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Welcome to Latvia! Laipni ludzam! (now repeat if you can!)
Most people come to Latvia for the space it offers. For the nature and all the  activities that you can practice in it. For the ubiquitous art. Others come to see the place the Christmas tree was born, by a bunch of bored bachelor drunkards who after a highly spirited (in both senses) feast brought a pine tree in the Blackheads House (the unmarried German merchants clubhouse!), decorated it with flowers, and then burned it to the ground! Thank God the burning part did not catch on, but keep an eye on your kids next Christmas, you never know…
In other words, everyone has their own reasons to visit even the most remote places.

I went to Latvia for the blue cows. The real ones, not the Milka ones.

But I found out there is a multitude of things to keep you from getting bored while in Latvia. I actually wrote them down in a Note on my phone, and I will try now and decipher them (I was often under the influence of half liters of excellent Latvian beer at the time they were written, and they are very hard to decipher...).

So there, first thing to keep you alert is the language. And you may have enough imagination to grasp that Bulvaris means boulevard, or Kebabis kebab. But don´t get too comfortable with your survival skills: "Pasta" written on a door will not lead you to an Italian restaurant, and the only thing available to lick once inside is stamps: it means Post office. Similarly, Laukums means Square and not lukums (turkish delight) and Akis means hook (thought you might like to know…)

Riga is a small city with an even smaller but very well preserved old city centre. It features tens of important buildings hidden in tiny alleys, lost German tourists that have come to discover a distant brother gone astray, old trams driven almost exclusively by women (what a sexist society we live in!), a Garlic bar (be warned: everything served, even ice cream, is made with a bucket of garlic), a coiffeur called "The knockout barber", a pub called "I love you" (free hugs at the bar), a monument called Cat house with a bizarre story behind it, and a river boat called Darling once owned by the Abba clan. Last but not least, the city features thousands of gorgeous girls that actually belong to beauty magazines but have somehow not found the right man  for them. Riga also features a central market sheltered under five German-built Zeppelin hangars (!), and a chocolate factory and museum (Laima), in case you get one of those sudden hypoglycaemias.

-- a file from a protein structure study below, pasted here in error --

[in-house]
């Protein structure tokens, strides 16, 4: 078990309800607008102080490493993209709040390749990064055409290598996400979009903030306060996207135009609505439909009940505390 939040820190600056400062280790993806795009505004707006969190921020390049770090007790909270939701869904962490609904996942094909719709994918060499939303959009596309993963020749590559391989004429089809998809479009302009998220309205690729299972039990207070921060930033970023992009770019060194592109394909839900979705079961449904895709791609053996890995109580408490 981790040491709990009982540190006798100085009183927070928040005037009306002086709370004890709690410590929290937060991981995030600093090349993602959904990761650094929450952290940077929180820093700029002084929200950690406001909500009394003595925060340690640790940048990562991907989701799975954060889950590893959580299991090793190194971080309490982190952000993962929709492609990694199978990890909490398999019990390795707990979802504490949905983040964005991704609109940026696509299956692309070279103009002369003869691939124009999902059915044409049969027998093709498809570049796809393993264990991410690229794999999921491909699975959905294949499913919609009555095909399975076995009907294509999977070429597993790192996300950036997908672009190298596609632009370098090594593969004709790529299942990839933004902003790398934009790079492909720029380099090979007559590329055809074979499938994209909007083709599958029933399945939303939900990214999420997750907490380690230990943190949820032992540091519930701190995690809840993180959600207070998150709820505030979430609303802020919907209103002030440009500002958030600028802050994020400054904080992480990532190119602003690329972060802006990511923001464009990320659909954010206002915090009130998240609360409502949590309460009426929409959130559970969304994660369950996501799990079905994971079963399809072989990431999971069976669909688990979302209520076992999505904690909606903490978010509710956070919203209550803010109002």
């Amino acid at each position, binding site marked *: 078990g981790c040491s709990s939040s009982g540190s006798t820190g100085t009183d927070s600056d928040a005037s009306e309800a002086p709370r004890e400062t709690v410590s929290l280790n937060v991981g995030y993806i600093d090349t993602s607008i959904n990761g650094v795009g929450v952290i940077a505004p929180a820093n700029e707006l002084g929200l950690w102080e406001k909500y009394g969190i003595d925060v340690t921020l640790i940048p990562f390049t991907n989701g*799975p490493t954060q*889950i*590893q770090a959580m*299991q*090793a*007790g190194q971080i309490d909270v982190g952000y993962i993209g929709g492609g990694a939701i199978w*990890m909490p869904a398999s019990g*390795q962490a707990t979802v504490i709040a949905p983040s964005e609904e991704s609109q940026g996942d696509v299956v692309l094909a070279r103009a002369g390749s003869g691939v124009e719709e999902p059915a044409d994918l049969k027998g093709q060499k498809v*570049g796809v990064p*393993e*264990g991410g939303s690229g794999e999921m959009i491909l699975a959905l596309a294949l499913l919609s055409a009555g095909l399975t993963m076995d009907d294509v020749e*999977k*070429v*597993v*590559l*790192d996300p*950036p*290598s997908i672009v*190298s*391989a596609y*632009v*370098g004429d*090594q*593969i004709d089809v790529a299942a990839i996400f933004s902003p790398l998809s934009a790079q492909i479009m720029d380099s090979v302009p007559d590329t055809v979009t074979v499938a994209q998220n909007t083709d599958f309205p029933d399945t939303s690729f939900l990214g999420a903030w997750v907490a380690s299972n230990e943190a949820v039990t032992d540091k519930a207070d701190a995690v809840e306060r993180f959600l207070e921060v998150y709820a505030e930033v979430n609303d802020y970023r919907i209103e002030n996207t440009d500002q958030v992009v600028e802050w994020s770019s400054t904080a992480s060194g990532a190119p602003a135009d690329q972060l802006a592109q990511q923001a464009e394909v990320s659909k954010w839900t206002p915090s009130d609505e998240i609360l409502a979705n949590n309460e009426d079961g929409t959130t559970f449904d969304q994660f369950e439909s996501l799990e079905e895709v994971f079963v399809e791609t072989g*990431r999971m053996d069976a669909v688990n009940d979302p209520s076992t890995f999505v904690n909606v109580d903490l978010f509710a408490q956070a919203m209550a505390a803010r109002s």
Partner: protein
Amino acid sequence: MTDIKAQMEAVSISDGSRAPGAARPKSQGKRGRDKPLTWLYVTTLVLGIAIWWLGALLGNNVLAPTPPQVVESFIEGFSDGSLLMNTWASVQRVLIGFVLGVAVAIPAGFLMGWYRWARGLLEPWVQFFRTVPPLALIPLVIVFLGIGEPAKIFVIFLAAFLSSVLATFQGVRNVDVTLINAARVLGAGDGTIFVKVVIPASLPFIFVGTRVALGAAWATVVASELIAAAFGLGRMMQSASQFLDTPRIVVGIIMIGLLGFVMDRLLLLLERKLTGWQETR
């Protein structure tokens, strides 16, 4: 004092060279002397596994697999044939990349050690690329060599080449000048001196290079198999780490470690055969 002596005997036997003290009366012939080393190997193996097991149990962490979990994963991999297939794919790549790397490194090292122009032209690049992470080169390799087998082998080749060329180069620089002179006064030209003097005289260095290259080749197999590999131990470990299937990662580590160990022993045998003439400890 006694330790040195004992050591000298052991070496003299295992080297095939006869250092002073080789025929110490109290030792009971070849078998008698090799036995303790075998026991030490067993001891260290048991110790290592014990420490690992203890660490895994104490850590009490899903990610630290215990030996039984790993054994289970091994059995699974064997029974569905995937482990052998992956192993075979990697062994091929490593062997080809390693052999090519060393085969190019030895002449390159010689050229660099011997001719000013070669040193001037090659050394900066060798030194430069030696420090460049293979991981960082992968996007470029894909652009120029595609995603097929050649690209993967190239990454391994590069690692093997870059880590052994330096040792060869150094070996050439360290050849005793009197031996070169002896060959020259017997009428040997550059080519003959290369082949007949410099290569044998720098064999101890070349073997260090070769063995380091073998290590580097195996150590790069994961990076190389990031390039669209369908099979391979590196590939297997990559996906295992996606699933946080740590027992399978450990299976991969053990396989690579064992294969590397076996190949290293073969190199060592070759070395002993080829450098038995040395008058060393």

The city has an obsession with cats, wool and amber. Art is everywhere, but frankly mostly boring. So you have cats in ceramics, cats made of glass, cats made of metal, cats dressed in wool, made of wool, wearing wool, and amber jewellery that looks like bonbons, especially if you have a sweet tooth. I couldn't figure out the cat obsession (there are really few around, compared to Greece, for example), but one can understand the obsession for wool: a wool dress is the minimum you can wear under the constantly changing weather, oscillating in no-time from execrable (rain and tears) to half bad, sort-of-summerish 15 degrees…

The best handicraft by far to buy in Riga is the Simpson-family babushka, probably worth your whole  trip, together with the blue cows of course. It is sold exclusively beneath the St Peters church by two Russian street vendors with deep shark-blue eyes. I bought three, one for myself, one is promised, and I accept bids for the third one!
However, babushkas or not babushkas, there always comes the moment where one asks himself, What am I doing here? Was this a good idea? When I could be swimming with dolphins (OK, I may be exaggerating a little, but you sea what I mean...), sipping freddos and dipping my bread into Greek salads swimming in olive oil?
Should you go to Latvia?
I think you should. Yes, you can! Visit Riga and walk in the old city, feel the rain soak you to the bone, moisture your skin, the wind sweep your hair in all directions Miss Piggy-wise, and pretend you don't mind that you forgot to bring your old army raincoat for this midsummer trip. Ignore all those locals on T-shirts and sandals, for they will all get pneumonia in a few hours, and at the same time be thankful it is 15 degrees Celsius outside and not -30, as it often gets down to in winter, and that you can walk on your shoes and not need skis. Admire the gorgeous local beauties that however make you think that Juliette Binoche is not so cold after all. And taste the national culinary obsession: mushrooms… Stroll around in the channel  on the Darling wooden boat as once Agneta from the Abba did ("I love youuuu, I do, I do, I doooo") and admire the chilling Russian neighbourhoods where the Abba never set their foot. Rent a bike and stroll around with James or get lost going alone to Kalnciema quarter and see how normal people really live in Riga. Visit the Central market selling Uzbek bread and pale tomatoes that look sad as cataract eyes. Take an old tram going anywhere and try to not get depressed, visit Little Moscow, and whatever you do, make sure you don't miss the stunning Art nouveau district in the Quiet Centre: you have never seen anything like that anywhere else in the world, and I kept returning every day. One reason for that was the Italian owned Casa Nostra Italian restaurant, with it's excellent, non-mushroom Italian food and Grazie's as you leave (the best coffee in Latvia I bet, one that will not give you stomach ulcer in an hour).